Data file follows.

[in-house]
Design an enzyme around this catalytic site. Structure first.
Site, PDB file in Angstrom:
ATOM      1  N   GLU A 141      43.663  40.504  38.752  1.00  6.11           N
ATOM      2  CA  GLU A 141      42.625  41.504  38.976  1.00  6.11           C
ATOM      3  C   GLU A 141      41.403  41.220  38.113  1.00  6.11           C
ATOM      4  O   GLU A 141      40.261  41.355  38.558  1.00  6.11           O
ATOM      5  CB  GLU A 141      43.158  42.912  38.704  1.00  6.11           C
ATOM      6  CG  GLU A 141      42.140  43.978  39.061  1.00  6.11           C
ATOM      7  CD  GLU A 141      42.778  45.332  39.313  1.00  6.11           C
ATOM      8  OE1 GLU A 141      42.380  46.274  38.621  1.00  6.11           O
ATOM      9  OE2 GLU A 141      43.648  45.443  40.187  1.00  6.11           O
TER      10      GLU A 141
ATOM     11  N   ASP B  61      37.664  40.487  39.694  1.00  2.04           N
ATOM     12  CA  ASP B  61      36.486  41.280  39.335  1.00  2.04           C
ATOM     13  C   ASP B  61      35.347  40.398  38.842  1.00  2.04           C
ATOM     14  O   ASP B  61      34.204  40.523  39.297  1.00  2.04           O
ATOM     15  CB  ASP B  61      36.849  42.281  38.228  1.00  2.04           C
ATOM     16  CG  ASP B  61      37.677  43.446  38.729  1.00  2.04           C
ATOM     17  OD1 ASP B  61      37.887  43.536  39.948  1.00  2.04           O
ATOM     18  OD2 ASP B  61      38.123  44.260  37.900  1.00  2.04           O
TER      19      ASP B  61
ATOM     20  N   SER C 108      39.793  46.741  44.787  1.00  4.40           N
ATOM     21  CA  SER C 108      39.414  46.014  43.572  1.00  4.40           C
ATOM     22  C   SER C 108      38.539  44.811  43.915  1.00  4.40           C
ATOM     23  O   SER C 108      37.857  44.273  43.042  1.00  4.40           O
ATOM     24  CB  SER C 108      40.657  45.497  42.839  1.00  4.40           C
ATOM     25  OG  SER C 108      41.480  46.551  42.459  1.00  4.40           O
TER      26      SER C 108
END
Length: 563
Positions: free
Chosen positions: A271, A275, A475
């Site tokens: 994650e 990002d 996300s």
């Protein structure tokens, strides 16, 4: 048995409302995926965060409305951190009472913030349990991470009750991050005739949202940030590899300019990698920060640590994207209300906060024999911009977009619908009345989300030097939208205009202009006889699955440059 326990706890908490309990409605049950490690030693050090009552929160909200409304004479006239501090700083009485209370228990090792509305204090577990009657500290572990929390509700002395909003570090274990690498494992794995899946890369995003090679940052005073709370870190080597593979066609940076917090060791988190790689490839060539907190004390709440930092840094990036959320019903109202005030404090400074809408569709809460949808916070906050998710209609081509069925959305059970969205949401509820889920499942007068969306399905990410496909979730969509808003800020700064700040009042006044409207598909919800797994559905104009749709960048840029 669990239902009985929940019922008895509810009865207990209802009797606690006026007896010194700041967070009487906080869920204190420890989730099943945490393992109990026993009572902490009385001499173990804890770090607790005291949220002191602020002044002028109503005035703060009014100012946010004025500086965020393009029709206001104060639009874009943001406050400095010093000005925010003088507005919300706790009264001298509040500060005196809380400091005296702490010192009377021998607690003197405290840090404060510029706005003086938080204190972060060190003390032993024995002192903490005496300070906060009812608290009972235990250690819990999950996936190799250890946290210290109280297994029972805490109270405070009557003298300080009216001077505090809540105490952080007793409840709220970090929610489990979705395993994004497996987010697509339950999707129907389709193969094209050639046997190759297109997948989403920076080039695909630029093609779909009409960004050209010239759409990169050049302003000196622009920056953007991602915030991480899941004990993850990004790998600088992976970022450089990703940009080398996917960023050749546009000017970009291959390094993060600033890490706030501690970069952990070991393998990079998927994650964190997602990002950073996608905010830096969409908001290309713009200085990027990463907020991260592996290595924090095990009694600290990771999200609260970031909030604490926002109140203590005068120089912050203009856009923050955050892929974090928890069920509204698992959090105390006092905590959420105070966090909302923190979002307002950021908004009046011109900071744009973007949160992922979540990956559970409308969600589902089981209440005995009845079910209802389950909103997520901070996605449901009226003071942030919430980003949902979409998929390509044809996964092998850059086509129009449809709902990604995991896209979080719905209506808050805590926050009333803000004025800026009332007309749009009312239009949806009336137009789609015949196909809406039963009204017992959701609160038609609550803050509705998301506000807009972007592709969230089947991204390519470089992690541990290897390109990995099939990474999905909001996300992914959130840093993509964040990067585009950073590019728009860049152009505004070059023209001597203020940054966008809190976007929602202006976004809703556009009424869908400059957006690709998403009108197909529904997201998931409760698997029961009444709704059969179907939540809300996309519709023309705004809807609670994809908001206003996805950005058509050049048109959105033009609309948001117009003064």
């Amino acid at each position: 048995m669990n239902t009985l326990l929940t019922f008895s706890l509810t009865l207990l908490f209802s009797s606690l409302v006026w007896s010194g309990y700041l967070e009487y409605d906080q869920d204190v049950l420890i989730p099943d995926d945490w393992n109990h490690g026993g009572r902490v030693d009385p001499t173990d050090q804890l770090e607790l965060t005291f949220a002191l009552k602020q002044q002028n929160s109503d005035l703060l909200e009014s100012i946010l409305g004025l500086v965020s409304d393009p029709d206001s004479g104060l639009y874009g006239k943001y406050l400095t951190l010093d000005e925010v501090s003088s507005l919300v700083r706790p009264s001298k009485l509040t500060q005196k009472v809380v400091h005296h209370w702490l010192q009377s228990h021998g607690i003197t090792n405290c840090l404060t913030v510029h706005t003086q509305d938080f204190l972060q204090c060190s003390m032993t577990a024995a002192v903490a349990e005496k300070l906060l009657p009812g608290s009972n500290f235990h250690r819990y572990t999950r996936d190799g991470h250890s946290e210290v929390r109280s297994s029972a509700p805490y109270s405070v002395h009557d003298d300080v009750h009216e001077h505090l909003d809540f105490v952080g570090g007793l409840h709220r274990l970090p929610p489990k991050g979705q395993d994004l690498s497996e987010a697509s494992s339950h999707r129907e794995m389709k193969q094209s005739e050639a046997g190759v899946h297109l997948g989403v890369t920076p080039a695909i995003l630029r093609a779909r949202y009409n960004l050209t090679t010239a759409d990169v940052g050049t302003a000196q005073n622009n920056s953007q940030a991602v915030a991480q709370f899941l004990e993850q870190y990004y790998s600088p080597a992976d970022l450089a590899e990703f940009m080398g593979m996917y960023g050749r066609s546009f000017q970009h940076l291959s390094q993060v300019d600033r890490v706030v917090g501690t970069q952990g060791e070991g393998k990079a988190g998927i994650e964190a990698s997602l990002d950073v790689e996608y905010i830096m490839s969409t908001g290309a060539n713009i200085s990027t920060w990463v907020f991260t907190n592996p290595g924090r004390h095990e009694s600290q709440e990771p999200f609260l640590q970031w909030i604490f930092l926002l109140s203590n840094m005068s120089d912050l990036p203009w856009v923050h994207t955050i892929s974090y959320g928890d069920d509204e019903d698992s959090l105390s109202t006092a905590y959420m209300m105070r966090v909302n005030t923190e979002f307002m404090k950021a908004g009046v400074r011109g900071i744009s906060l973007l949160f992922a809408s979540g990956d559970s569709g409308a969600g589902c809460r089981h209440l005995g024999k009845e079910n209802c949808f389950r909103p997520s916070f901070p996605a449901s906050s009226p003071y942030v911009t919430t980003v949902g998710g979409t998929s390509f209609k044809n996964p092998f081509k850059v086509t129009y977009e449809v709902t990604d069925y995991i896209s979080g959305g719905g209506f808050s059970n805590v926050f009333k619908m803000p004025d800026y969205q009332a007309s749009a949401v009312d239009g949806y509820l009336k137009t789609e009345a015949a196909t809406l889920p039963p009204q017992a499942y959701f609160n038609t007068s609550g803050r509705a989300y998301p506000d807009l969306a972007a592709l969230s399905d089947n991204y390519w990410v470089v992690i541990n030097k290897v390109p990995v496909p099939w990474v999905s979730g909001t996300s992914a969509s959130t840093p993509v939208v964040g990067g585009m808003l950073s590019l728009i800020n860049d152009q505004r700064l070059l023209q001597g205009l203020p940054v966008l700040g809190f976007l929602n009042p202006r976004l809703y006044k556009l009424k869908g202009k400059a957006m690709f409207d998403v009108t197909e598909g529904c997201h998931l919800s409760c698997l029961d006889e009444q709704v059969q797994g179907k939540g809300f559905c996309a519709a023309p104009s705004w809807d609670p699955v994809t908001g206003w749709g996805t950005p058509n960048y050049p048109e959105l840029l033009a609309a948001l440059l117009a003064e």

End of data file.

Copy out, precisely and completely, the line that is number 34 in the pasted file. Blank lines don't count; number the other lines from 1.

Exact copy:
């Site tokens: 994650e 990002d 996300s």